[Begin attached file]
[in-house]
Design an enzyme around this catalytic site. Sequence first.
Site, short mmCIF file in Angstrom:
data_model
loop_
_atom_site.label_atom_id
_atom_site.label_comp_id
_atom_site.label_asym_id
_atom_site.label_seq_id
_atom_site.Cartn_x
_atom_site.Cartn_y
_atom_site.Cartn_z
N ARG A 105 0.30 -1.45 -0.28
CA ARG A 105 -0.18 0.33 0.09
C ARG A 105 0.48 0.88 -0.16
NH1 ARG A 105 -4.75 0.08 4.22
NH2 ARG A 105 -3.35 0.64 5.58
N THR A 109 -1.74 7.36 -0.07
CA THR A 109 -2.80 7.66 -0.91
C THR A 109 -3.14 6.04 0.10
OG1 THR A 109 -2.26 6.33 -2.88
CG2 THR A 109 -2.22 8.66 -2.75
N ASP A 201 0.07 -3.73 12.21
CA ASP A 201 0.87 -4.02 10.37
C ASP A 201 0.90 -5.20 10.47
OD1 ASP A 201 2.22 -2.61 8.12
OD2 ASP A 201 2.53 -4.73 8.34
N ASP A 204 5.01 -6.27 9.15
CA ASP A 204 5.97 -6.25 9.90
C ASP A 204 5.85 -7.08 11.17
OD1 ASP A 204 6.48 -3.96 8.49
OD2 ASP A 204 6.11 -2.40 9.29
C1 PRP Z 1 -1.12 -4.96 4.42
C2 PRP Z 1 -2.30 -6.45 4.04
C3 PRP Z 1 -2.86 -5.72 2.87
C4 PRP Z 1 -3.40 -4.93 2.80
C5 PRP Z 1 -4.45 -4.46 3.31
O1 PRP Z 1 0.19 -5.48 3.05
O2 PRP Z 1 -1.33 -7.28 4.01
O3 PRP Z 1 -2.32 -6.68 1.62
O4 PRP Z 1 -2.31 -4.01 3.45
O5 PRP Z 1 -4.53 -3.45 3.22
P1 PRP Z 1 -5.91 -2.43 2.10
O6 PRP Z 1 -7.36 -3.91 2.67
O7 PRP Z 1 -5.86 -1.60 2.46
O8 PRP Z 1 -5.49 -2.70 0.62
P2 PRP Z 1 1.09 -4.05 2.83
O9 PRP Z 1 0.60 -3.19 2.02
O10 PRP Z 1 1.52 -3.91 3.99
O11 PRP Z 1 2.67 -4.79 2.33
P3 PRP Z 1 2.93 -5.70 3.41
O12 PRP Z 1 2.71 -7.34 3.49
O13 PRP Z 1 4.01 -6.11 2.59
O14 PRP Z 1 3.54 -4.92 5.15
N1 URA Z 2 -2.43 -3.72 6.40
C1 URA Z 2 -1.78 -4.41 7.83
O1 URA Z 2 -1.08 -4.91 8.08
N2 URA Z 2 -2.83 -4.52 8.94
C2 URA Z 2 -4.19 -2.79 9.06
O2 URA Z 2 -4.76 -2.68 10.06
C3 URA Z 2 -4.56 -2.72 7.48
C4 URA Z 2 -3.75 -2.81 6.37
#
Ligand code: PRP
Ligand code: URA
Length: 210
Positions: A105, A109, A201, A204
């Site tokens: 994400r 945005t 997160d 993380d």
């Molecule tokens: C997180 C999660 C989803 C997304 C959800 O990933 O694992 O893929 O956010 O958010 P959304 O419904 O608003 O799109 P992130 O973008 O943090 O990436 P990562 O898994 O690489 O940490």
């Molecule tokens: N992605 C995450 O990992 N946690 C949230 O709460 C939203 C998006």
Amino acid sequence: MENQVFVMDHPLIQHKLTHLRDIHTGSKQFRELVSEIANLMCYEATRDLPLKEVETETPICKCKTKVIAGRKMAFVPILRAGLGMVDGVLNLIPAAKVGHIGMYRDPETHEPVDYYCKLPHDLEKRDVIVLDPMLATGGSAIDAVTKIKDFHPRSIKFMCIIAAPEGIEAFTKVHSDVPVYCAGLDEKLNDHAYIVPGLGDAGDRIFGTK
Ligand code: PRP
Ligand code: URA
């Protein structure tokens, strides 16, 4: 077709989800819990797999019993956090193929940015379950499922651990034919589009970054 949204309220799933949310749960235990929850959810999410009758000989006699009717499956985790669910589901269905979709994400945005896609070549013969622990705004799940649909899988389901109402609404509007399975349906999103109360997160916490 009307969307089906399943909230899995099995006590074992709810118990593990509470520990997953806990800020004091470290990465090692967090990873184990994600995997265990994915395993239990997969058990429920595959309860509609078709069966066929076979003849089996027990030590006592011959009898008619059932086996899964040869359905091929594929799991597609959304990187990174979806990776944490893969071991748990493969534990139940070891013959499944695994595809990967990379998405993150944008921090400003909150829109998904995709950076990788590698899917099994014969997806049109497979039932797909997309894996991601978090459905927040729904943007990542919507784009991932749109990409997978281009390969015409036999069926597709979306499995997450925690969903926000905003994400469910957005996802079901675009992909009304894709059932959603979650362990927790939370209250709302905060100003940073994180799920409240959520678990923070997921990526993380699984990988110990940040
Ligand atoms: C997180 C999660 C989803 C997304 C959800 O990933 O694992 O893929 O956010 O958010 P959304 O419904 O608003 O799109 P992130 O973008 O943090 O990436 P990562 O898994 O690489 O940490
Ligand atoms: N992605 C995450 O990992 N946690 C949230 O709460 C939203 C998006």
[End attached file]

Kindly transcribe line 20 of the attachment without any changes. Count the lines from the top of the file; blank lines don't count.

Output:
C THR A 109 -3.14 6.04 0.10